Kesar may be in short supply this summer too | Rajkot News

RAJKOT: Mango lovers keenly awaiting the arrival of the succulent kesar won’t be able to gorge on this famed variety to their heart’s content this summer. Drastic variation in day and night temperatures and unseasonal rain – more wet weather is forecast this week – have badly affected the fruit-setting process in the orchards of Junagadh and Amreli, the two major districts where kesar is cultivated.
Mango farmers say the production could be 25-30% less compared to 2022 when a similar situation prevailed and consumers had to return disappointed from the fruit shops. The production was hit as 2021’s Cyclone Tauktae had flattened a large number of orchards. Moreover, people will have to wait till mid-May to get quality kesar this year.
Gafoor Qureshi, an innovative farmer who grows 200 varieties of mangoes in Talala of Gir-Somnath district, said, “The weather has not at all been conducive for kesar this season. Fruit-setting started in the trees where flowers developed in December, but those where flowering happened in January got damaged. Some crops were ruined due to some disease caused by the inclement weather.”
Generally, the flowering on mango trees starts in December. This winter the day temperature was 25-30 degrees while that in the night was 10-12 degrees. According to experts, the fluctuation in the day-night temperature should not be more than 10 degrees.
However, winter set in late December which was followed by cold waves that damaged the flowers. Similar weather conditions prevailed in February.
Recently, several regions of Amreli and Junagadh were lashed by unseasonal rain and hail, which only worsened the natural process. Sources said the kesar boxes that may hit the market from early May will be those where farmers have used hormones for early ripening.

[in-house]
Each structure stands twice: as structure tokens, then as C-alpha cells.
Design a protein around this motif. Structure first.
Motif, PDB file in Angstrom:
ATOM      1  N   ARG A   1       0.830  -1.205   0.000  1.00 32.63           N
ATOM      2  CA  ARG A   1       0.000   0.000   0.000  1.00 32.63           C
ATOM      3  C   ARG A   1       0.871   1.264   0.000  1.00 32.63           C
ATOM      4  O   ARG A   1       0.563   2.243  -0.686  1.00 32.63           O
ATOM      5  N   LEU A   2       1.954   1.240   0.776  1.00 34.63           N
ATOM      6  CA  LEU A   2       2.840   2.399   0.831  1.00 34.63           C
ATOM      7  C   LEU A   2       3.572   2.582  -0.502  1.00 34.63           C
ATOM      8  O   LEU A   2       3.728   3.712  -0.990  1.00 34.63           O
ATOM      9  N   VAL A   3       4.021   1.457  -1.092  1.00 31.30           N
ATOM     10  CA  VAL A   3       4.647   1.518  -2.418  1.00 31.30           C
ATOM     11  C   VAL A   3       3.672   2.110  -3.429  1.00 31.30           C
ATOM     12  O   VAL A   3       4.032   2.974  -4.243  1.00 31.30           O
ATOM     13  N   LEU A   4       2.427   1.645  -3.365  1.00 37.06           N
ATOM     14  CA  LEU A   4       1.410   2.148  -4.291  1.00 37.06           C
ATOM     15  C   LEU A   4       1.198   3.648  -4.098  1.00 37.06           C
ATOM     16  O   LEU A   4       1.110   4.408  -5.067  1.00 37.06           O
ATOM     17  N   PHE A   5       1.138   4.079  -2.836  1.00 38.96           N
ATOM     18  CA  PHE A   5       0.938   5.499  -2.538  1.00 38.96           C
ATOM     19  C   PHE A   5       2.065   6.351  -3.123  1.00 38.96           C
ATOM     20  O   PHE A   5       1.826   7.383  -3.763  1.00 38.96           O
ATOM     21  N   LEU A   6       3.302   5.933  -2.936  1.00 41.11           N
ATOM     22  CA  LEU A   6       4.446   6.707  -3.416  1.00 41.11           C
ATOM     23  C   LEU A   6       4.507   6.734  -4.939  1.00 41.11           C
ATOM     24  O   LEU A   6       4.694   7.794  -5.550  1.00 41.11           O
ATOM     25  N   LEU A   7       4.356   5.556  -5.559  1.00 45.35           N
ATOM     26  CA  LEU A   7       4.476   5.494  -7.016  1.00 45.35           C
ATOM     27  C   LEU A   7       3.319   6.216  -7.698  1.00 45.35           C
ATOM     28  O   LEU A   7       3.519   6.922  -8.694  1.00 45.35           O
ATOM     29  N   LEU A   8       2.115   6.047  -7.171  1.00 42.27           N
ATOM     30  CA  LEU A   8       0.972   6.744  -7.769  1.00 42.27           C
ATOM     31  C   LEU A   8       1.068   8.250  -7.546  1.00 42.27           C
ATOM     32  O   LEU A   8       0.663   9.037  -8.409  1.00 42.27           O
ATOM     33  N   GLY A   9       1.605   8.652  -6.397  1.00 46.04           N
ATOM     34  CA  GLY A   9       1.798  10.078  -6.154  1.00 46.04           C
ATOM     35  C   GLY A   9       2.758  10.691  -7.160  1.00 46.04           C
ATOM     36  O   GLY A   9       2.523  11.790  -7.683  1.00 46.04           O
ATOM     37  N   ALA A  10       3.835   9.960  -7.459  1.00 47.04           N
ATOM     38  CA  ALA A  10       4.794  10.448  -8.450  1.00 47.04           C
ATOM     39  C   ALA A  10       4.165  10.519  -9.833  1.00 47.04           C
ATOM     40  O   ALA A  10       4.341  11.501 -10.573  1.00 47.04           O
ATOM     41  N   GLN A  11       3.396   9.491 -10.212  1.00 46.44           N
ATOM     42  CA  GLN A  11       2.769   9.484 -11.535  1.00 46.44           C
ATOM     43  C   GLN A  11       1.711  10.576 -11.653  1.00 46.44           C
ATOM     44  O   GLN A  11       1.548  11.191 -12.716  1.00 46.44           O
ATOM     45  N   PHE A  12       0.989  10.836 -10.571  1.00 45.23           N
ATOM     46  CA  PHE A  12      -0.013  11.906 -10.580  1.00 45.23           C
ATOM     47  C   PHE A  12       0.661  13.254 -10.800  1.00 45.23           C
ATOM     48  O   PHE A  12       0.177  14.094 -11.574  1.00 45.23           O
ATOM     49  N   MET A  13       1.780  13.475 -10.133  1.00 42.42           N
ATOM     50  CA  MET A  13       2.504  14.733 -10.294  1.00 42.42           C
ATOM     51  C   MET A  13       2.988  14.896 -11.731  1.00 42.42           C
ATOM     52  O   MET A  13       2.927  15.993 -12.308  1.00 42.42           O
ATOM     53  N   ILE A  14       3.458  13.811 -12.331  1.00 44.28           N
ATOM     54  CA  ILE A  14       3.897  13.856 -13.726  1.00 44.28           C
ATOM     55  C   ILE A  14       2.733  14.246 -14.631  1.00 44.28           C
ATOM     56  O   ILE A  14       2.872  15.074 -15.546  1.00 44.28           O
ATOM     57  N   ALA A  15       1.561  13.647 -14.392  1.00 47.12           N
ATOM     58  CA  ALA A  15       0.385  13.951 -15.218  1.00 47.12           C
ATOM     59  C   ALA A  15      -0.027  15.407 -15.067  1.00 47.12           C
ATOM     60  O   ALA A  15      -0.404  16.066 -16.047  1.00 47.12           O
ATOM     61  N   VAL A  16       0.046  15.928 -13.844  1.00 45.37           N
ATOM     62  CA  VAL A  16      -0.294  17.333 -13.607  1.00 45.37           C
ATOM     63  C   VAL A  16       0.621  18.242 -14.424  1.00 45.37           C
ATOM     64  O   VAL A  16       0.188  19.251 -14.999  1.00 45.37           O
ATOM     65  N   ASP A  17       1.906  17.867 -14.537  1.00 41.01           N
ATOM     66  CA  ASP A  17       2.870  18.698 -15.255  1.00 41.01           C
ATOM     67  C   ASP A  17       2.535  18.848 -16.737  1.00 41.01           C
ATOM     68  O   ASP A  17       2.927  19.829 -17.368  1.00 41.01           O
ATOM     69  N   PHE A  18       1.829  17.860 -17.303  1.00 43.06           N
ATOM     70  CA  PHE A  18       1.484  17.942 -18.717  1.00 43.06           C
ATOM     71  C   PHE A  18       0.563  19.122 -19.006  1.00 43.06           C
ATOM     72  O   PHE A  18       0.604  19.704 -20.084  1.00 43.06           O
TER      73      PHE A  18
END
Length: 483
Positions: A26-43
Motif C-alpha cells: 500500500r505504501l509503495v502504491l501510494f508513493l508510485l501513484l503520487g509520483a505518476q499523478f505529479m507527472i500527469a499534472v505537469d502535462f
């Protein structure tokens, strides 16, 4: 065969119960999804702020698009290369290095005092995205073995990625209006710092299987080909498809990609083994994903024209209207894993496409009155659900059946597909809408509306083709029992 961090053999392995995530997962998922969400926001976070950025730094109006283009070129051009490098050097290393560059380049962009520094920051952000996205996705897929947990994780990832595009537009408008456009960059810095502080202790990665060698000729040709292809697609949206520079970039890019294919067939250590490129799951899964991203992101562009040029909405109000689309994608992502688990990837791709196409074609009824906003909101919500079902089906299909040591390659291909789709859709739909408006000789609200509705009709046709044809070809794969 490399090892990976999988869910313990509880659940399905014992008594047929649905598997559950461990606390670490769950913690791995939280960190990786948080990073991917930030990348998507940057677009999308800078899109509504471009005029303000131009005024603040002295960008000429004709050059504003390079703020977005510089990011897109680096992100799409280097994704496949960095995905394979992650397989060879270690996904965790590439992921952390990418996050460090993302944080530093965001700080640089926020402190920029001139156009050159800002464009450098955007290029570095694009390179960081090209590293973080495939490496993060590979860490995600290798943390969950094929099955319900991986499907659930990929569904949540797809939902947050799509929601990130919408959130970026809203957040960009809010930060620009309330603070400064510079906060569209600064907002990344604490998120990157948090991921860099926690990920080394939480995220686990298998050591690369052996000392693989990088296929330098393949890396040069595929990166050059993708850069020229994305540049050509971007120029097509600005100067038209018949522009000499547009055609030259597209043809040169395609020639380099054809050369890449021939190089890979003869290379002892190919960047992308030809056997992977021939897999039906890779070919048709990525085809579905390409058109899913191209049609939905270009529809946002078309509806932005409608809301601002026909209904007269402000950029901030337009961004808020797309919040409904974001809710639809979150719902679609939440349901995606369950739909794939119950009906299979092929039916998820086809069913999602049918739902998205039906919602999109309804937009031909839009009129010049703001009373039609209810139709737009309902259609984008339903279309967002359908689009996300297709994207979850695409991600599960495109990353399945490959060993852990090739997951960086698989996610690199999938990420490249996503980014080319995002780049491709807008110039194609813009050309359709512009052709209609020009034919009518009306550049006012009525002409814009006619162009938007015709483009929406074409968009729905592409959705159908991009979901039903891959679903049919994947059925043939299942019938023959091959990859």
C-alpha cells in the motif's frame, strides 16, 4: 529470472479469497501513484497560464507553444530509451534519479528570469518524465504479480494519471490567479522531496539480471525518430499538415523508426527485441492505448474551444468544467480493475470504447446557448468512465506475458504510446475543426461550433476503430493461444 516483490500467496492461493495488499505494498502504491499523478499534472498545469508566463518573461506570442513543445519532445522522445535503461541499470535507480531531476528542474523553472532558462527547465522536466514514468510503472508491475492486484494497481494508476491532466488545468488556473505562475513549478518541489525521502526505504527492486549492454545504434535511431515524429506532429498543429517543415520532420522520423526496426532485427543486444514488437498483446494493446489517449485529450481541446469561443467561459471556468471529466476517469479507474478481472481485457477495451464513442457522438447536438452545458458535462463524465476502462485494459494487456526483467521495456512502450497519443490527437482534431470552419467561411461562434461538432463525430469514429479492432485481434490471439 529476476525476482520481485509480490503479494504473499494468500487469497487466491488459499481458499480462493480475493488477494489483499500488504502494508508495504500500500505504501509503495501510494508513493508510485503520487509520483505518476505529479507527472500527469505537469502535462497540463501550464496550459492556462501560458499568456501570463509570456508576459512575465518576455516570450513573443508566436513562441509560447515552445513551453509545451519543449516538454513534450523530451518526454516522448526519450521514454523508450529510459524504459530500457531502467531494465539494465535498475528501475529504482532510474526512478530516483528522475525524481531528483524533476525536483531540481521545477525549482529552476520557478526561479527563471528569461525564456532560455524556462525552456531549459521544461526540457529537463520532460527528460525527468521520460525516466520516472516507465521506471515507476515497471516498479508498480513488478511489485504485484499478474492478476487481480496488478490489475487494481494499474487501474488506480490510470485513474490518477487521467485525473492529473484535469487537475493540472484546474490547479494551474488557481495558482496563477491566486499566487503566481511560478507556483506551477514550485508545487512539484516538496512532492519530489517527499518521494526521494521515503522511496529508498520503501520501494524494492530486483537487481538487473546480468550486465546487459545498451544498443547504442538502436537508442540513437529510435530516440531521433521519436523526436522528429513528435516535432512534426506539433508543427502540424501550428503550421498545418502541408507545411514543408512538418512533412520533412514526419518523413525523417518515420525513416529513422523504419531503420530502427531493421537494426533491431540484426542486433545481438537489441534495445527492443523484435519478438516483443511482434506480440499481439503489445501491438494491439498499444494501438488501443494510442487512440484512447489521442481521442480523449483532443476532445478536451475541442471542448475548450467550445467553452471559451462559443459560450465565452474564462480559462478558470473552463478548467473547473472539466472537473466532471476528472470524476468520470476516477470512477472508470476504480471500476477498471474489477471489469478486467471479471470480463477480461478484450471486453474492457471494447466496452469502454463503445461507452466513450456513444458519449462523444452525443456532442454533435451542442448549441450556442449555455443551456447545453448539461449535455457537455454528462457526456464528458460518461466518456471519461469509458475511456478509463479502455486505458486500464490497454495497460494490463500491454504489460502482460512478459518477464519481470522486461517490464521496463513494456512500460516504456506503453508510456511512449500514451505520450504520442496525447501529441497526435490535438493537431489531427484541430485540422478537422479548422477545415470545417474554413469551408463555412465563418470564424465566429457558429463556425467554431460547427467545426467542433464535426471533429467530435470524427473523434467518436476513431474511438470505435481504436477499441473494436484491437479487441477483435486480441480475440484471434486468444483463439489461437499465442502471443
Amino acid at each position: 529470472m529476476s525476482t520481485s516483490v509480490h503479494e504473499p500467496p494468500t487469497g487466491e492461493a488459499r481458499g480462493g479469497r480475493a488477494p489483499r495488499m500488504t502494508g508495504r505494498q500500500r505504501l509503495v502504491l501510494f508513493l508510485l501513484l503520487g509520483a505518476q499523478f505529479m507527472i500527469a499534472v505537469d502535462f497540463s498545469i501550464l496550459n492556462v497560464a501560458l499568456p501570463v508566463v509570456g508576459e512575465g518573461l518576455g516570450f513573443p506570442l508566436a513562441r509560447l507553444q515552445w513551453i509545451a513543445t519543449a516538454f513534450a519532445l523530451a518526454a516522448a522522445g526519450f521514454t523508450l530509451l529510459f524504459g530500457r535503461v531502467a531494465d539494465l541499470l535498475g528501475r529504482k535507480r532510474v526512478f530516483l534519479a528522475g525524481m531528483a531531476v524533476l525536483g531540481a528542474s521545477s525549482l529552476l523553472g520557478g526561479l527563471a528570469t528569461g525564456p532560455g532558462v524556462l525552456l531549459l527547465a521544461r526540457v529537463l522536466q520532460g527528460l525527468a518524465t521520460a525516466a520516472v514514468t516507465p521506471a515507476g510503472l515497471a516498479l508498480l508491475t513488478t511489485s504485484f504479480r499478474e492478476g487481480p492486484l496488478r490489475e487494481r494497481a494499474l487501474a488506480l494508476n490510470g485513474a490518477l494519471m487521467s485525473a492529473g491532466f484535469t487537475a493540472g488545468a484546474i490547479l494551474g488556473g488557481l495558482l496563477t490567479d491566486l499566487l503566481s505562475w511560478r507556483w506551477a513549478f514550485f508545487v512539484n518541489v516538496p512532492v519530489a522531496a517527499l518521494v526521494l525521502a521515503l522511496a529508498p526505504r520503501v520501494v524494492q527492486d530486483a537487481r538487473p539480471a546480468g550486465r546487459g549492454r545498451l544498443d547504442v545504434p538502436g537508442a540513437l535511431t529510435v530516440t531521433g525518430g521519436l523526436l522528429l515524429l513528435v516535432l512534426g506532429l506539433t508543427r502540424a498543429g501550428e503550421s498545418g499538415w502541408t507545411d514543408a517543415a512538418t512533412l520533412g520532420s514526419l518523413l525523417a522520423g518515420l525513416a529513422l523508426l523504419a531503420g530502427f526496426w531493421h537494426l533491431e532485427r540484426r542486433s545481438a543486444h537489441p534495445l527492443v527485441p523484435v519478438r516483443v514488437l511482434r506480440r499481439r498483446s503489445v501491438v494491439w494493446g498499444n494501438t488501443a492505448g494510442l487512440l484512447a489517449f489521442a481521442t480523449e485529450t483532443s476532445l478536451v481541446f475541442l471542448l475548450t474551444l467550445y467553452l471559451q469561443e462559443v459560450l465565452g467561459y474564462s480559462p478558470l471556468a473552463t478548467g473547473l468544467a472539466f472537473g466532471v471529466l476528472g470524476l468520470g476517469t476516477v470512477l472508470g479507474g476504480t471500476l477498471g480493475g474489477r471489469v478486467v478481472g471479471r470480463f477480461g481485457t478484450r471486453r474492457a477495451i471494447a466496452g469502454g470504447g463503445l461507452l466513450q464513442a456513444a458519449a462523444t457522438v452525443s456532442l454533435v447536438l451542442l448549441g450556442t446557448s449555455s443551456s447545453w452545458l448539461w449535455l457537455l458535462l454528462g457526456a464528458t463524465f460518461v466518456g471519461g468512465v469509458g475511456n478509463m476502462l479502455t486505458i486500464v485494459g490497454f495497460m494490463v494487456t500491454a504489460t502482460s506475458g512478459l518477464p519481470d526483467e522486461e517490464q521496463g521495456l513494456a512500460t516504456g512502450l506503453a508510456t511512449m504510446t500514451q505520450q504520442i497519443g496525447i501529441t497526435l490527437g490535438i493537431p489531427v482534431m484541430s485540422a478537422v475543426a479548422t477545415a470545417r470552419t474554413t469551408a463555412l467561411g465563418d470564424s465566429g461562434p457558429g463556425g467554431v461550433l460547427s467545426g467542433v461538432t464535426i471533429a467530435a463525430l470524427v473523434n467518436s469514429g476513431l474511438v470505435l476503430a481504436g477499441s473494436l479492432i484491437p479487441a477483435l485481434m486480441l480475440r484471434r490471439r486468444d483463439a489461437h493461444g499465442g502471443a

D K Varu, head of the department of fruit science at Junagadh Agricultural University (JAU)’s horticulture college, explained, “It’s early to estimate the extent of the damage but the cold waves and unseasonal rain have certainly hit the crop in several areas. There is not much of a problem in 40% of the trees where flowers developed in November-December. But those where flowering happened in February will be damaged due to high temperatures.
Varu said there are some orchards where kesar can be plucked by June but the onset of monsoon will damage the remaining.” Manuskh Bhuva, a mango farmer in Gir-Gadhada said, “The mango crop cultivation is divided in two parts. The crop near the coastal areas got affected by a disease while those in the forest areas were not hit.”
Kesar mango is cultivated on about 25,000 hectares in Junagadh, Gir-Somnath, Amreli and Bhavnagar districts and the average seasonal production is 2.50 lakh tons. However, the production has been on a wane due to climate change in the past few years.

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